For some reason, I'm having extraordinary difficulty posting a decent-looking copy of these stories at the Clarion West site. But never mind that. Here's the story I wrote for Susan Gossman. Enjoy!
Queen Maeve’s Coursers
Three days in a row, Susan Gossman went to her front door to discover a freshly-decapitated rat lying neatly on the front step. Her cat liked to snack on rodent heads. On the fourth day, the Queen of the Fairies showed up with her lawyers.
Queen Maeve was an exquisitely lovely thing even if, being a mere three inches tall, she had to stand on the kitchen table in order to be seen and heard. Her lawyers were something else altogether – eight-foot trolls in business suits, with briefcases and battleaxes. Susan felt distinctly intimidated by them.
“Those were three of my finest riding rats!” Queen Maeve said angrily. “They had pedigreed blood lines as long as your arm, and your beast hath them cruelly slain.”
“Silly didn’t mean anything by it. She’s just a cat.”
The queen turned purple. “Silly! You dare kill my favorite mounts with a creature of so frivolous a name.” She turned to her lawyers. “Can I have you rip off this worlding’s head three times in recompense?”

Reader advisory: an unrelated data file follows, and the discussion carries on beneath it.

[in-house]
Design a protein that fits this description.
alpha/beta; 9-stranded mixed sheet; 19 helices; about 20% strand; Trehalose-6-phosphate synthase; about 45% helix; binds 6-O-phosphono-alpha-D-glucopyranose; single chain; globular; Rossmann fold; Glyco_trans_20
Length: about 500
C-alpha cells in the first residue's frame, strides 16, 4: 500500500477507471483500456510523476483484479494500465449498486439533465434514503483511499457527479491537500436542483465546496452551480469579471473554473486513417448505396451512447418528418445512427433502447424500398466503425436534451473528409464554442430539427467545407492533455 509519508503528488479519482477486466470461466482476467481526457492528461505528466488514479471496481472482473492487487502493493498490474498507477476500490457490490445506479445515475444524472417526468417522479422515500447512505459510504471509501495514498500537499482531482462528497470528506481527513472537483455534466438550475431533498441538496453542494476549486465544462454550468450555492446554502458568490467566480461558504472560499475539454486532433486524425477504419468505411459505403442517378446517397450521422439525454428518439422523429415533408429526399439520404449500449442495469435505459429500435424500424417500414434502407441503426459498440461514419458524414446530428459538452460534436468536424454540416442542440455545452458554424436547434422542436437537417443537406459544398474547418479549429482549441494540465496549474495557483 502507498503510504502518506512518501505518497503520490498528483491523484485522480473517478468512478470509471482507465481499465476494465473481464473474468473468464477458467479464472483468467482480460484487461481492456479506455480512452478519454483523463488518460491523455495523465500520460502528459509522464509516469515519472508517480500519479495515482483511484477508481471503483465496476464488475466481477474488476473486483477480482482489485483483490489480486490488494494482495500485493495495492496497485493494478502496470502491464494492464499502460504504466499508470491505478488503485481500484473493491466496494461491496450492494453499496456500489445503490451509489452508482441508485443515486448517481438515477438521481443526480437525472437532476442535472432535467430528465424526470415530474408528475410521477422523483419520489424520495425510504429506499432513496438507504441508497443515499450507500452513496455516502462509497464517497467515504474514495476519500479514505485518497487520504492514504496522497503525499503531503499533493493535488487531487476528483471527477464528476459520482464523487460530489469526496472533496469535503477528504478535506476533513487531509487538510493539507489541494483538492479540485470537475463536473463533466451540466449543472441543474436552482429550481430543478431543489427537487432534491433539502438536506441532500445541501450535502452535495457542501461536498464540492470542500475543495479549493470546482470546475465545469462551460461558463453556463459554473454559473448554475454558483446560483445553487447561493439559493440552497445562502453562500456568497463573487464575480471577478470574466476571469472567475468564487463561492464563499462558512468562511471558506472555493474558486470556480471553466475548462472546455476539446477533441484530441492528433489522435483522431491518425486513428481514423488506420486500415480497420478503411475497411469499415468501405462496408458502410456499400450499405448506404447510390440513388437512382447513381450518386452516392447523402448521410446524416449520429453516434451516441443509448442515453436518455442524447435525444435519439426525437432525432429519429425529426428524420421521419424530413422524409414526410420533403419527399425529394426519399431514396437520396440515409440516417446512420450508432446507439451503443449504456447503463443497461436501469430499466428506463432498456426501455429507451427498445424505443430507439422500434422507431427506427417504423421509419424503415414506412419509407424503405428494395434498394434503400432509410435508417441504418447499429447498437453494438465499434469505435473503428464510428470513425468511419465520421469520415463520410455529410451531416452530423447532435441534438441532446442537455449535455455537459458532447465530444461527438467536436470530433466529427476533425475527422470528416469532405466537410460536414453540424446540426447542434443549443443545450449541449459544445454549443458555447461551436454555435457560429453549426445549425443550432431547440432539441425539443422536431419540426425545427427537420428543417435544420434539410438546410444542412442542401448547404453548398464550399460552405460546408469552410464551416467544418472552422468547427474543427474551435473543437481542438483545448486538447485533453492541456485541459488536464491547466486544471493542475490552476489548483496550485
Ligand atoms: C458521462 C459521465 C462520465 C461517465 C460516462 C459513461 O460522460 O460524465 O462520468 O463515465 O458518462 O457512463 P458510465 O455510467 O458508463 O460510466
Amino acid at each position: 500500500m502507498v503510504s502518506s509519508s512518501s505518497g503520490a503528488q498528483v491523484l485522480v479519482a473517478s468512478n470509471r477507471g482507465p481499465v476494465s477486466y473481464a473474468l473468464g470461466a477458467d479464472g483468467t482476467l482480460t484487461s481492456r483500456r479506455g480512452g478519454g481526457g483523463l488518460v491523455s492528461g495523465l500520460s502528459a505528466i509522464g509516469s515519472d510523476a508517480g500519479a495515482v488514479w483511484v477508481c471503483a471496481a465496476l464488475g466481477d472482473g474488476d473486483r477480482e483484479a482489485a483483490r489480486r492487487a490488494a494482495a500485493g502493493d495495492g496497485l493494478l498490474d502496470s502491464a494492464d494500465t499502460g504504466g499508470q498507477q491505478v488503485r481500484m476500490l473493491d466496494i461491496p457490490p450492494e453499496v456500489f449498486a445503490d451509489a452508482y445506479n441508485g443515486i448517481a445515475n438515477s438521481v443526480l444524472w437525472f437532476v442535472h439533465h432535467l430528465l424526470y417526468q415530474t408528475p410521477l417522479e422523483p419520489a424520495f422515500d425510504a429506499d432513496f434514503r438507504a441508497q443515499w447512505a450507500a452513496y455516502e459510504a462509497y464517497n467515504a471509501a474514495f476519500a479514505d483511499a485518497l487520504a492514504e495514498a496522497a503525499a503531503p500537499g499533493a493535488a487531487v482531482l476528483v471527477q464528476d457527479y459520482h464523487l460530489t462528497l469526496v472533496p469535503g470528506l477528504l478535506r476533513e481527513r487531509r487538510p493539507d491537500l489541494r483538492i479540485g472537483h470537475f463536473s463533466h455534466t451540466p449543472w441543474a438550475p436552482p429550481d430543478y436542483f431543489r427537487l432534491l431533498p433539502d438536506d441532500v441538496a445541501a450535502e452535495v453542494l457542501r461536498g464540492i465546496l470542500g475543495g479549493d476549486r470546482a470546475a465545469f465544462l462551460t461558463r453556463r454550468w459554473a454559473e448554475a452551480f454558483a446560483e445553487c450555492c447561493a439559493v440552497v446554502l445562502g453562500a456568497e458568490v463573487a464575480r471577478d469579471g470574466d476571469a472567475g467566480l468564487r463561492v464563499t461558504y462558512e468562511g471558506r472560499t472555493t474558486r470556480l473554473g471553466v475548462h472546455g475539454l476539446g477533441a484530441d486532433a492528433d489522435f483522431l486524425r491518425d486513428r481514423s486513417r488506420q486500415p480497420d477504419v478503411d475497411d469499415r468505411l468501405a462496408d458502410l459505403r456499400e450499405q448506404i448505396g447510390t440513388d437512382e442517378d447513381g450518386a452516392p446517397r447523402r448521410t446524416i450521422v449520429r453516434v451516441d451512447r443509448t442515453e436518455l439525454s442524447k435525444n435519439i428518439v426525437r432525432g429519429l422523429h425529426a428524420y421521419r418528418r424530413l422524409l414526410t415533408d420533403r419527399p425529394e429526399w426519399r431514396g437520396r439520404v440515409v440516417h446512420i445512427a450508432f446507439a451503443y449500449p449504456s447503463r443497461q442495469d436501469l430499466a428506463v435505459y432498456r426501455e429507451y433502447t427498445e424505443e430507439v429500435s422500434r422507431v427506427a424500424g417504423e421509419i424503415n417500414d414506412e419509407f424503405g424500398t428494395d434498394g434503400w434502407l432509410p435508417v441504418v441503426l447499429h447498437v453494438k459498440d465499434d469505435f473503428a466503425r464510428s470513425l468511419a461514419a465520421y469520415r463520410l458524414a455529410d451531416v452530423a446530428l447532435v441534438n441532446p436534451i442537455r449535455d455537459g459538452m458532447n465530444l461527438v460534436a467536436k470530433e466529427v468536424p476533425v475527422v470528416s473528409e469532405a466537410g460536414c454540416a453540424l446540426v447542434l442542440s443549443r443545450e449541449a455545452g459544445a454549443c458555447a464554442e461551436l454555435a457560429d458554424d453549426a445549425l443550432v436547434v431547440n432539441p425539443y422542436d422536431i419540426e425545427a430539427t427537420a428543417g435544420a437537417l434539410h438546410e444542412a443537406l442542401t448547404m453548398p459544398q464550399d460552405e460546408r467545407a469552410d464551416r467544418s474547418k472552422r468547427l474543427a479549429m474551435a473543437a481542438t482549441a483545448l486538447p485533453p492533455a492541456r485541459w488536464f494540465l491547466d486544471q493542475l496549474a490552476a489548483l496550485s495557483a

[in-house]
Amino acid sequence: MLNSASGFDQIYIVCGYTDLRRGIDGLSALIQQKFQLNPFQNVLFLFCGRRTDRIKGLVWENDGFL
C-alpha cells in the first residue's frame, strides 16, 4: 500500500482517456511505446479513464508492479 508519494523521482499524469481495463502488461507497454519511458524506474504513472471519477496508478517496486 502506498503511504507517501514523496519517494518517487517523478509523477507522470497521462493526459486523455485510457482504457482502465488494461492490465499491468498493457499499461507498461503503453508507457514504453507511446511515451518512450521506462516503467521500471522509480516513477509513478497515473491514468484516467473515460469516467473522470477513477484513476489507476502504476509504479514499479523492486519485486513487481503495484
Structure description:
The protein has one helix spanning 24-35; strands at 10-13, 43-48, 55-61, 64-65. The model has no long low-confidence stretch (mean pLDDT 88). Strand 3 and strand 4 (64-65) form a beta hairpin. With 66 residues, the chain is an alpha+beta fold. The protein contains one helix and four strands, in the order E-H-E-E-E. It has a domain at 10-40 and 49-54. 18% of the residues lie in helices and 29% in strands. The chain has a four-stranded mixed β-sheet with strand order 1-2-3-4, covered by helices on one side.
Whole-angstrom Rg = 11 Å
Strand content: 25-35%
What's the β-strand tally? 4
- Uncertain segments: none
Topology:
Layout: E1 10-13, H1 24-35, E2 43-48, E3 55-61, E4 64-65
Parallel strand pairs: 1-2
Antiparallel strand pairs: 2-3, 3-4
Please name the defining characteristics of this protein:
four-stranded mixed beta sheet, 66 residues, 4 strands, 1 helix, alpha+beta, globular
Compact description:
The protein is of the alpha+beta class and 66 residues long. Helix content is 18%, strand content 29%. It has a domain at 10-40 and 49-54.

“You’d have a good case,” said once.
“There’s legal precedence,” said a second.
“There’s not a court in the world would convict you,” said the third. “What with them thinking you’re imaginary and all.
This was getting serious. Gossman thought furiously. Then she began to talk. She made a living investing in the stock market. She was used to finding angles. This was her home territory.
An hour later, Queen Maeve and her advisors left. Shortly after that, Gossman’s husband came home. When he asked her what was new, she said, “Well . . .”
Fifteen minutes later, Bill said, “Let me get this straight. You’ve agreed to handle the Queen of the Fairies’ stock portfolio for her.”
“She’s got a lot of gold that’s just sitting there, doing nothing. And she’s offering me good commissions. I convinced her to let me pay off the rats by shaving ten percent off the commissions, until we’re square.”
“How much is she charging you for her rats?” her husband asked.
She told him, and he whistled. “At that price, it would take you thousands of years to pay the debt.”
Gossman blushed. “Yeah, but Maeve, uh . . . She kind of stopped my aging process for the duration.”
“Only in Seattle,” Bill said.